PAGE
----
Hell Asylum (2002)





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Movie Info

Initially conceived as a sequel to David DeCoteau's amusing Prison of the Dead (2000), this straight-to-video horror film was written by minor cult actor Trent Haaga. The story line posits a new reality-based television series along the lines of Fear Factor in which five attractive models must spend the night in a haunted asylum for a million-dollar prize. There's a greedy producer who sets booby-traps for the girls along the way, not knowing that there is a real presence in the hospital -- the ghost of an evil millionaire who had kidnapped several young women years before, hoping to force them to marry him. The contestants make confessions to the cameras strategically placed within, only to have their deepest fears used against them by the malevolent ghost. Joe Estevez shows up as well, adding a small bit of name value to a cast including Debra Mayer, Tanya Dempsey, and Stacey Scowley. This was one of several collaborations between B-movie moguls J.R. Bookwalter and Charles Band, concluding with Dead & Rotting the same year.
Rating: R
Genre: Horror , Television
Directed By: Danny Draven
Written By: Trent Haaga
In Theaters: wide
Tempe Home Entertainment


Debra Mayer
as Paige
Brinke Stevens
as Head Spectre
Sunny Lombardo
as Rainbow
Aaron Brown
as Spectre
Julian Ott
as Cameraman
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News & Interviews for Hell Asylum

Critic Reviews for Hell Asylum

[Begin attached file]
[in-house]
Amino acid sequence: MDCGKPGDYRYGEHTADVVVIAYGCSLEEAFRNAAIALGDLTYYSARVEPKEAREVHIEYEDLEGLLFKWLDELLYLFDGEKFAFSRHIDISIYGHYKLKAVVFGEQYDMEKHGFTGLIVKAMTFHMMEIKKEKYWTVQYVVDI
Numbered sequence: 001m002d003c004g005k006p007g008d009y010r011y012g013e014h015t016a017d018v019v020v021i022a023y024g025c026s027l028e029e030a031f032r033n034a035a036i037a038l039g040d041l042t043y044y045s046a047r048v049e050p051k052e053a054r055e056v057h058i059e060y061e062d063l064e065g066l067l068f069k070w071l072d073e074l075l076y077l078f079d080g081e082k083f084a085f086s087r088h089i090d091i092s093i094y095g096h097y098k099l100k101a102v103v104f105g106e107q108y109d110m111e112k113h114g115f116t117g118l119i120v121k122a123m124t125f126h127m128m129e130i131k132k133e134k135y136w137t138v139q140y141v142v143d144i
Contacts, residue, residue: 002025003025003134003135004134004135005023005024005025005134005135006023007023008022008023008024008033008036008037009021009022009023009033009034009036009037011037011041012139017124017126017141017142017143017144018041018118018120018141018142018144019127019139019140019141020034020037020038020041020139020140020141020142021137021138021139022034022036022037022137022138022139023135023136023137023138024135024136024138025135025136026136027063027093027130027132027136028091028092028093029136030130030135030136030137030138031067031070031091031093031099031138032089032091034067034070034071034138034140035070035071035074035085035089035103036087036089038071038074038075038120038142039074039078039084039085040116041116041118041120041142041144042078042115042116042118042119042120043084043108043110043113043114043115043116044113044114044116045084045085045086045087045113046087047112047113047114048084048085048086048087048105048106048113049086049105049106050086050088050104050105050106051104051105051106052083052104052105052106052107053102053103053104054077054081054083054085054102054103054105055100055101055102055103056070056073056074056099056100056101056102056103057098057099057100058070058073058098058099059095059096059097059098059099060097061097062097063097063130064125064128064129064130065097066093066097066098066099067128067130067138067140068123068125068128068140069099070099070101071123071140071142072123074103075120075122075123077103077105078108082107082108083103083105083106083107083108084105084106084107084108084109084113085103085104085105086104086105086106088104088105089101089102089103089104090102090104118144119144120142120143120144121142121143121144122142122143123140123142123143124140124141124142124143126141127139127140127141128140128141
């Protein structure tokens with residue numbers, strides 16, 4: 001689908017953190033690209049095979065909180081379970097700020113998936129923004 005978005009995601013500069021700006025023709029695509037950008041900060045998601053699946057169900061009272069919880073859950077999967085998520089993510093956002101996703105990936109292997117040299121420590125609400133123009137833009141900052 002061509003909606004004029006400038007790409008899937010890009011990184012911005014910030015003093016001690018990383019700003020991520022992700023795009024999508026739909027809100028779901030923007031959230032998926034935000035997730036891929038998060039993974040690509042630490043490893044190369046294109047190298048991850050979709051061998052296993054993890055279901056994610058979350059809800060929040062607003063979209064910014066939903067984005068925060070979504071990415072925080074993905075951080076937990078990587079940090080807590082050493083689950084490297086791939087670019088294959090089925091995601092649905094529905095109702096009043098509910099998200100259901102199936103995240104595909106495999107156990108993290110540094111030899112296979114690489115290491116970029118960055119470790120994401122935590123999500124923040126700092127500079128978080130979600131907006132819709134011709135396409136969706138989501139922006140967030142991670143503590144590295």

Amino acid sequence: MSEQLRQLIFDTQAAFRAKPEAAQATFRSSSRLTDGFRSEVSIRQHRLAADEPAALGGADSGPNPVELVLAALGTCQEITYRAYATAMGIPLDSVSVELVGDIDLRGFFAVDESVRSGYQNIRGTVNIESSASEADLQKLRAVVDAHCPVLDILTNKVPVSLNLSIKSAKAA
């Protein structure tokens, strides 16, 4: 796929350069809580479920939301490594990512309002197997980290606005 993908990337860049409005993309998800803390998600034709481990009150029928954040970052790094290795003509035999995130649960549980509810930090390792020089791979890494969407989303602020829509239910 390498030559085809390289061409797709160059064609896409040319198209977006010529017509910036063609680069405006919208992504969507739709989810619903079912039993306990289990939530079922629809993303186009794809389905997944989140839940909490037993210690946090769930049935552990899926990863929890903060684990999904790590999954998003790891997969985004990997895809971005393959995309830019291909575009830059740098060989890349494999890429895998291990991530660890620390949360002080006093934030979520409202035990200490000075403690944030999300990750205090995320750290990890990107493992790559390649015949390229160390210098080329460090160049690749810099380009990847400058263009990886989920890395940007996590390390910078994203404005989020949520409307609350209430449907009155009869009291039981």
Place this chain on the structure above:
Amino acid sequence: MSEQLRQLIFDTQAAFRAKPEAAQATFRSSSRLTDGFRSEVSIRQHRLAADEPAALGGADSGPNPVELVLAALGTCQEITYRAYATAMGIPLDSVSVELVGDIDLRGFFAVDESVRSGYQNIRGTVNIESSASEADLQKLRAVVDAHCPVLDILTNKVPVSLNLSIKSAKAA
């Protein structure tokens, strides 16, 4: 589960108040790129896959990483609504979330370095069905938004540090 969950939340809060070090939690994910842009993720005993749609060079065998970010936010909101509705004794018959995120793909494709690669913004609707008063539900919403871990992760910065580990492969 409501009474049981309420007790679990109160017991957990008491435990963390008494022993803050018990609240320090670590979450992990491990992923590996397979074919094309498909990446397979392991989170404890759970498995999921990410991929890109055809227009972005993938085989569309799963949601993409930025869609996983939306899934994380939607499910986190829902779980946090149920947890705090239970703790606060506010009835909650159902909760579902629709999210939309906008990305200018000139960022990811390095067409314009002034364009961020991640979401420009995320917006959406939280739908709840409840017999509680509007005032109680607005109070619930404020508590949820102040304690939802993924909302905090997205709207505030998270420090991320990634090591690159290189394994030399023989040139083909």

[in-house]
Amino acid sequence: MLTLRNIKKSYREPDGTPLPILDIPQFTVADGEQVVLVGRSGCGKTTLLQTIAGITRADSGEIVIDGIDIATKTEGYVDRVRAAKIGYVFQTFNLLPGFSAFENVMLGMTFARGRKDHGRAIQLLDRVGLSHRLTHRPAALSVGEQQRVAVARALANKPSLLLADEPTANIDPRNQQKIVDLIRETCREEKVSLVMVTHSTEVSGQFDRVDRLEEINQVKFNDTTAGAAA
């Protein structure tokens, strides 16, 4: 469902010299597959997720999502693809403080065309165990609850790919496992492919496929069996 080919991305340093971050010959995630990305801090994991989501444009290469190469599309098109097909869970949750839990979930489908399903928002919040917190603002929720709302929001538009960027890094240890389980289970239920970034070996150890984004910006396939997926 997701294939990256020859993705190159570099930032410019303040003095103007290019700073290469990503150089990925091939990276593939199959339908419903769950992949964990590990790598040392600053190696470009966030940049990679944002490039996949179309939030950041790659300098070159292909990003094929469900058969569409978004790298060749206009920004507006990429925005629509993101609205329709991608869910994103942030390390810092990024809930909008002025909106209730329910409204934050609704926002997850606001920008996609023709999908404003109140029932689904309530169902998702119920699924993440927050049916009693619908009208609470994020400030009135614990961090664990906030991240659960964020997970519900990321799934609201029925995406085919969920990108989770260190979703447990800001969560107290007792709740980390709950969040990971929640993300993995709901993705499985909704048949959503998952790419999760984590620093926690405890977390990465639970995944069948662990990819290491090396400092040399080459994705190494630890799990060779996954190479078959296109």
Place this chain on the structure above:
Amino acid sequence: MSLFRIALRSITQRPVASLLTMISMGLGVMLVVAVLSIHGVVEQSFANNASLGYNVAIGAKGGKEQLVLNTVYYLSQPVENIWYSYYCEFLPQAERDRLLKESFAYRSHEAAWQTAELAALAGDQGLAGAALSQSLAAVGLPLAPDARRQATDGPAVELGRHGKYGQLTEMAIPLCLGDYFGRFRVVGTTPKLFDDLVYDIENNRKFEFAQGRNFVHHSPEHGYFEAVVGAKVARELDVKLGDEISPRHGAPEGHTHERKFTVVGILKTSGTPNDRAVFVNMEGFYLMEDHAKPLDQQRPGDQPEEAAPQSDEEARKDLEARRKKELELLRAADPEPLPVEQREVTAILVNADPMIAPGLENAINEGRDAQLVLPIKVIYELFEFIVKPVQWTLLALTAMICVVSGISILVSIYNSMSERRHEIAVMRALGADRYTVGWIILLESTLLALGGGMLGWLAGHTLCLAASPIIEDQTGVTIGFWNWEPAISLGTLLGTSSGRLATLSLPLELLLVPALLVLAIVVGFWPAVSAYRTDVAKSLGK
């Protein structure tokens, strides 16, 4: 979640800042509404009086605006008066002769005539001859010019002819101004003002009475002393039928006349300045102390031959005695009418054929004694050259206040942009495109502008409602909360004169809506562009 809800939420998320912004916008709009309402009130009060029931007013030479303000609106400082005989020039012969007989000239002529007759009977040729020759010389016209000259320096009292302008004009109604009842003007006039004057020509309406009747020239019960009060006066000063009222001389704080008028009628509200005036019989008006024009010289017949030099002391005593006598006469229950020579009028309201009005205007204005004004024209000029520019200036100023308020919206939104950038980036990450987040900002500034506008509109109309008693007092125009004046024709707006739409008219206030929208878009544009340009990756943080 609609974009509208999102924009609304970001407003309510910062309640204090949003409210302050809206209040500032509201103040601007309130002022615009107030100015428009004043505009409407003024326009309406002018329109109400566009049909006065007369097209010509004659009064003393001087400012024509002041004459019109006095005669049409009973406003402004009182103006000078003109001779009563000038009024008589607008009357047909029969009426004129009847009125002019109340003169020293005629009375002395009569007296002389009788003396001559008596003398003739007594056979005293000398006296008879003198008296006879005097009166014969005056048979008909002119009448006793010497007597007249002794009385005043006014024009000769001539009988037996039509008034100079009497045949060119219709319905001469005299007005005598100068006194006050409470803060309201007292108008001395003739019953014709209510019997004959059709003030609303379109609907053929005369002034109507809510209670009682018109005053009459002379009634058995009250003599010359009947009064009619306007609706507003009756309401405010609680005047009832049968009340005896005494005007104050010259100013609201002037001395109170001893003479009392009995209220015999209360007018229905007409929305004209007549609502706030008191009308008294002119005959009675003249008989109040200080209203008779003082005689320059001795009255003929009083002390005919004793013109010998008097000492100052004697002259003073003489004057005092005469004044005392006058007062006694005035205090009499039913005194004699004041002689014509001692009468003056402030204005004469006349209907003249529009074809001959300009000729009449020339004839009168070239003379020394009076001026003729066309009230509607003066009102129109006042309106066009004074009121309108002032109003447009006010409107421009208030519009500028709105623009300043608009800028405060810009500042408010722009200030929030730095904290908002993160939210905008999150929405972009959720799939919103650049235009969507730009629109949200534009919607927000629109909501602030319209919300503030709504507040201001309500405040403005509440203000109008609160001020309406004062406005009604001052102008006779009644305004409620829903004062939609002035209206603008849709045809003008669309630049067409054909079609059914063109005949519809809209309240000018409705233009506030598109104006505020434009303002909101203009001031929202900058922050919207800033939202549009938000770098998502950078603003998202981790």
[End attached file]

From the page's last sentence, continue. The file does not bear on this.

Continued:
All Critics (1)

No excerpt available.

Full Review… | December 6, 2005
Film Threat

No excerpt available.

August 11, 2005

another cool addition to the low budget genre scene

Full Review… | August 10, 2005
Sex Gore Mutants

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September 25, 2003

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Full Review… | December 8, 2002
Film Threat

Audience Reviews for Hell Asylum

This is a pretty wild film, but then again anything from Full Moon Pictures is usually pretty wild. Don't go over board to get this one. What we have here is a game show called Chill Challenge where 5 sexy ladies are locked in a haunted house to see who wins a million bucks, reality TV, but like most reality TV its rigged, and one of the girls id the directors girlfriend so the million is safe, so we think, but the girls are getting knocked off one by one, by some grim reaper looking dudes that really take away from the movie. But we have some regular horror story babes un this one, Tanya Dempsey and Debra Mayer. Even our porn star Brinke Steves (hey a girls gotta make a buck.) Still I can only give it 3 stars, if we had a different slashed then grim reaper dudes that eat intestines, then it would have got more.